Ixazomib, a proteasome inhibitor, is FDA approved for multiple myeloma, but was combined with standard salvage regimen MEC in 30 patients with R/R AML [22,23]. This phase I/II trial showed an ORR of 53% (16 patients with complete remission) and a median OS of 4.5 months in all patients, but a median OS of 11.1 months in patients who achieved a CR/CRi [23].

With the availability of newer targeted therapies, there has also been interest in combining these agents to standard intensive salvage chemotherapy. For example, devimistat (CPI-613), a novel lipoate analog that inhibits enzymes in the Krebs cycle, was investigated in combination with cytarabine and mitoxantrone in a phase I dose-escalation study [24]. Sixty-two patients were treated with an ORR of 50% in all-comers and 46% in patients with poor risk cytogenetics. These results were encouraging enough to warrant a phase III study (termed ARMADA 2000), which is currently enrolling patients (NCT03504410) [25].

Cytarabine 1 g/m2 daily was combined with vosaroxin, a quinolone derivative which intercalates DNA-inhibiting topoisomerase II [26]. This phase III study randomized study compared this combination to cytarabine with placebo in 711 patients. The CR rate was 30 versus 16% with placebo (P < 0.0001). Furthermore, vosaroxin/cytarabine showed a survival advantage in patients at least 60 years with refractory or early relapsed disease (<12 months) with a median OS of 6.5 months versus 3.9 months with placebo (P = 0.0009).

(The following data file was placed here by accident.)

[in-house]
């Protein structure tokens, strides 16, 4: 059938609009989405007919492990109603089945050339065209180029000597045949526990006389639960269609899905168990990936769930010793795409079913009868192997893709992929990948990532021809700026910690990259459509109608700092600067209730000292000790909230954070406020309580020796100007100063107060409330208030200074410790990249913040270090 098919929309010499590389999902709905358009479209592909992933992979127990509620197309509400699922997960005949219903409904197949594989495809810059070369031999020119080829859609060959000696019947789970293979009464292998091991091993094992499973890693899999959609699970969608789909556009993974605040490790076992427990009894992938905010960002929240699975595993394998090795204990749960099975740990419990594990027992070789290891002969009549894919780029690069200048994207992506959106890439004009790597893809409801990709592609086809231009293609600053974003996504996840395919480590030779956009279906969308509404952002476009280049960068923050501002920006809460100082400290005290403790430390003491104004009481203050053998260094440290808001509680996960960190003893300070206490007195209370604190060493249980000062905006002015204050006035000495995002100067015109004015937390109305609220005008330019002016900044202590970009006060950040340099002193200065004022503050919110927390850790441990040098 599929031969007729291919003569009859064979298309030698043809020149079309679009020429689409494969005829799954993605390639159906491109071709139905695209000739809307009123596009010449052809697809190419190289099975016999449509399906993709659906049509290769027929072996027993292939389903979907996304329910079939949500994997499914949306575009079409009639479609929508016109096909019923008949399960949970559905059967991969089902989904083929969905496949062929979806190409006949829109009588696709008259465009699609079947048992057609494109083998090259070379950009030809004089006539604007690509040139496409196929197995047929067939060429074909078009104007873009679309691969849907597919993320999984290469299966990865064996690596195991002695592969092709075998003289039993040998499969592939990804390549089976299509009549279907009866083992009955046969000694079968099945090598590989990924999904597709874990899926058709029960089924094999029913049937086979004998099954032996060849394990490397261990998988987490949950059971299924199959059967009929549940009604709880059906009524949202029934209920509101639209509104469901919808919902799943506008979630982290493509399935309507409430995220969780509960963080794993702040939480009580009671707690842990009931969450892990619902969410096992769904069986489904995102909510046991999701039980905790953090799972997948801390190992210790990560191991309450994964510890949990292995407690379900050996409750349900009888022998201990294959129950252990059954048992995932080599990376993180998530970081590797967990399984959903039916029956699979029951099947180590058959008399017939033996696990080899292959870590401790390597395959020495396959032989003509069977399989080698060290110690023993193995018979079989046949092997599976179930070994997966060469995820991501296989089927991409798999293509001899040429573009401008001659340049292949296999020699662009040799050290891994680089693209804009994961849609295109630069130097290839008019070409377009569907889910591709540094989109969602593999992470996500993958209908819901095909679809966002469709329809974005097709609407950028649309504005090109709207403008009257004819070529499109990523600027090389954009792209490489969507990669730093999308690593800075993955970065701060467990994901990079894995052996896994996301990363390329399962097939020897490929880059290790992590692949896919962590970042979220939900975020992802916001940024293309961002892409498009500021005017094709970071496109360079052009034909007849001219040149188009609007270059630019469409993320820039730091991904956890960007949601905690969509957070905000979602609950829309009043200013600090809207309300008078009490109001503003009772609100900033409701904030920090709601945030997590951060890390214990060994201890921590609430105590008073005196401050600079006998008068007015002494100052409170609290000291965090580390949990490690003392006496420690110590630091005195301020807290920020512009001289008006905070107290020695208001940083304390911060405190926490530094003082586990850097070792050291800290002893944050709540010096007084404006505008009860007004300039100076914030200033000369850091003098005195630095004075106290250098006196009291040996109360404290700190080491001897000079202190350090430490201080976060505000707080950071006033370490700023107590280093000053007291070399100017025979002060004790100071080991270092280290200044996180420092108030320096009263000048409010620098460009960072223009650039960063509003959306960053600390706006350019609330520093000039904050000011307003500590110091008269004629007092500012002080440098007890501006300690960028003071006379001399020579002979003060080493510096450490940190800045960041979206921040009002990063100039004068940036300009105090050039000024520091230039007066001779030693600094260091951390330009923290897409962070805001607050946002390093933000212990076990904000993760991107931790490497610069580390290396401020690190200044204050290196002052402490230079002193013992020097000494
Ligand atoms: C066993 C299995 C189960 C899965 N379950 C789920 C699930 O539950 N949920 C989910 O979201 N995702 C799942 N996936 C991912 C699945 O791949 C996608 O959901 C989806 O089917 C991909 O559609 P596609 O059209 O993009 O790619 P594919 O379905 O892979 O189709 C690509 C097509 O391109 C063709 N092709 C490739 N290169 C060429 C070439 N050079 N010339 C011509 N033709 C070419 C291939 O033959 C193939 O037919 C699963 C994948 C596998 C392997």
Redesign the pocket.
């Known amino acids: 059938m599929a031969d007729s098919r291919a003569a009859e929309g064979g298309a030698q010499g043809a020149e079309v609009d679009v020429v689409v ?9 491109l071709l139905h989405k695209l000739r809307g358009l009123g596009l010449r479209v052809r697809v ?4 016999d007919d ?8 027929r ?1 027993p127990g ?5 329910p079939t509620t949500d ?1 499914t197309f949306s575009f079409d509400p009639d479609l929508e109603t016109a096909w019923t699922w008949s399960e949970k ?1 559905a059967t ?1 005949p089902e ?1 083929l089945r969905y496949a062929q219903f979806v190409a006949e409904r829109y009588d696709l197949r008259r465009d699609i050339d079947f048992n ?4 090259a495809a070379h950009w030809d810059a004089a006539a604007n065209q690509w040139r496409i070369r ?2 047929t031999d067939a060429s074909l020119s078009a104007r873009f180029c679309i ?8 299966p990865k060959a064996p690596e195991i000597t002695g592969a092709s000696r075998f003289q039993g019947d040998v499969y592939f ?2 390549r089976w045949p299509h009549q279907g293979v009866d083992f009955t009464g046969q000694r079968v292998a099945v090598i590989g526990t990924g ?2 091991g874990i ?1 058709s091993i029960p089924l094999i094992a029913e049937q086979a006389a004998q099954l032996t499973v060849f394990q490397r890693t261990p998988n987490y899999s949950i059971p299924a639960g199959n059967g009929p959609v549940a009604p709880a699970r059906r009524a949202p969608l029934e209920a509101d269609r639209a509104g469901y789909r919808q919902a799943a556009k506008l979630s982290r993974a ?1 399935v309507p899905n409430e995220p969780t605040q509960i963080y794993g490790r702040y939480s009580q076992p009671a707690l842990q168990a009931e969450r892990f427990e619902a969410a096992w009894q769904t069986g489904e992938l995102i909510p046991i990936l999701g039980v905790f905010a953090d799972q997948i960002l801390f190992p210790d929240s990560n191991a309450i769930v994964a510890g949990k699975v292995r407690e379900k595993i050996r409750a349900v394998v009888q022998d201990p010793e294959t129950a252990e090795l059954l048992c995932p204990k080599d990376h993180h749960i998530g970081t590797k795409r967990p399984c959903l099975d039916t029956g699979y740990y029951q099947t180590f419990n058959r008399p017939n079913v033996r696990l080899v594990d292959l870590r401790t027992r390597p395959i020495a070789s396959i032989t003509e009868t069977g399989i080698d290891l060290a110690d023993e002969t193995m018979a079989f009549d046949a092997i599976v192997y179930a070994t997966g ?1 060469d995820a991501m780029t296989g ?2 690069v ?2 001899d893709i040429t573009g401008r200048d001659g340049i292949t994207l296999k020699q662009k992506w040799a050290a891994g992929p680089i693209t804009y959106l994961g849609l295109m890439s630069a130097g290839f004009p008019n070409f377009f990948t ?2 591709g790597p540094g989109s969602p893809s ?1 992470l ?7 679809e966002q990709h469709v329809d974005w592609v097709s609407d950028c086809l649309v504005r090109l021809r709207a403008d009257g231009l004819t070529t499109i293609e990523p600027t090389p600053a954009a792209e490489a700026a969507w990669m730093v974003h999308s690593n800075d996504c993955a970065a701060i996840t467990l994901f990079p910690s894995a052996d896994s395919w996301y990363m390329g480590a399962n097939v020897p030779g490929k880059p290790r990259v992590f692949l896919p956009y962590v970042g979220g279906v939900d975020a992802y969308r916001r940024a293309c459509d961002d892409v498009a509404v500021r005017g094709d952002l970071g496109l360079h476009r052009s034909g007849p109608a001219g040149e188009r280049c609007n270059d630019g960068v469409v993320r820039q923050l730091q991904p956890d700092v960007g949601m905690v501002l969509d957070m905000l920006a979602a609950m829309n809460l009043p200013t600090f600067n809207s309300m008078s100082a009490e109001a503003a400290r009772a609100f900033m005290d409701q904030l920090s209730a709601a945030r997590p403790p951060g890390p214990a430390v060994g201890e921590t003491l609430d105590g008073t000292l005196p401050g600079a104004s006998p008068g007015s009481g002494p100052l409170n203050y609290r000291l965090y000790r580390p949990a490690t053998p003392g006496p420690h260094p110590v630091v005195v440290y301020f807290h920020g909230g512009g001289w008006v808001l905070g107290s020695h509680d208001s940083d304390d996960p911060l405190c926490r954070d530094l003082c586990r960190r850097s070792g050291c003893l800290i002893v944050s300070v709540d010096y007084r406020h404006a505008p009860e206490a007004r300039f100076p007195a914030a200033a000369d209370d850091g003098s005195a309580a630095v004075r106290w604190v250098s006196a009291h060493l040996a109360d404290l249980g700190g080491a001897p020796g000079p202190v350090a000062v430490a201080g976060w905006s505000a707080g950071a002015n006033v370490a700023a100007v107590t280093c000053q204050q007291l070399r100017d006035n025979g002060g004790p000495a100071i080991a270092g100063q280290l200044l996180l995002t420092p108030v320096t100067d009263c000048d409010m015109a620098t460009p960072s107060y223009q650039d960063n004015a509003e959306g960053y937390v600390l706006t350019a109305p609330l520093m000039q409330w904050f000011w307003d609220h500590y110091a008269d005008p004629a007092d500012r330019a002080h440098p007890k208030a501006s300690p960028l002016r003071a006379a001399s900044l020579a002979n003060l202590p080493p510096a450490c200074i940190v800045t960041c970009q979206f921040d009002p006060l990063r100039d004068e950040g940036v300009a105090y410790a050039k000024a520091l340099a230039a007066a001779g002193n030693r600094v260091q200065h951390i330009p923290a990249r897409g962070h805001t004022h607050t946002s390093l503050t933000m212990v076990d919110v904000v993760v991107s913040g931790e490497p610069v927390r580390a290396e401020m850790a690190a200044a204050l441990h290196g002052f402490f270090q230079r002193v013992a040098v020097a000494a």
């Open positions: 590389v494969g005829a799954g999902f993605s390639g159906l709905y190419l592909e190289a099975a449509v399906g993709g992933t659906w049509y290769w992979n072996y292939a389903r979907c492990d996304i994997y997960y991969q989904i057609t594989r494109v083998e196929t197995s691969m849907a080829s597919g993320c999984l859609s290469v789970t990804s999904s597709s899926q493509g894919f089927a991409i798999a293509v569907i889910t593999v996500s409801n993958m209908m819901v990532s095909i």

Attempts for improvement upon intensive salvage regimens with the addition of hypomethylating (HMA) therapy has been evaluated. Decitabine in combination with aclacinomycin and cytarabine (DAC) was prospectively compared to standard FLAG chemotherapy in patients with R/R AML [27▪▪]. Of note, all 35 patients in this study had been treated with the standard induction chemotherapy regimen of cytarabine with anthracycline, and no patient had previously received an alloSCT. In this study, the ORR was 100% (n = 17) and 55.6% (n = 10) in the DAC and FLAG groups, respectively (P = 0.002); 64.7% (n = 11) of the patients treated with DAC achieved CR. Furthermore, after 2 years of follow-up, only six patients (35.3%) died in the DAC group compared to 13 patients (72.2%) in the FLAG group (P = 0.028).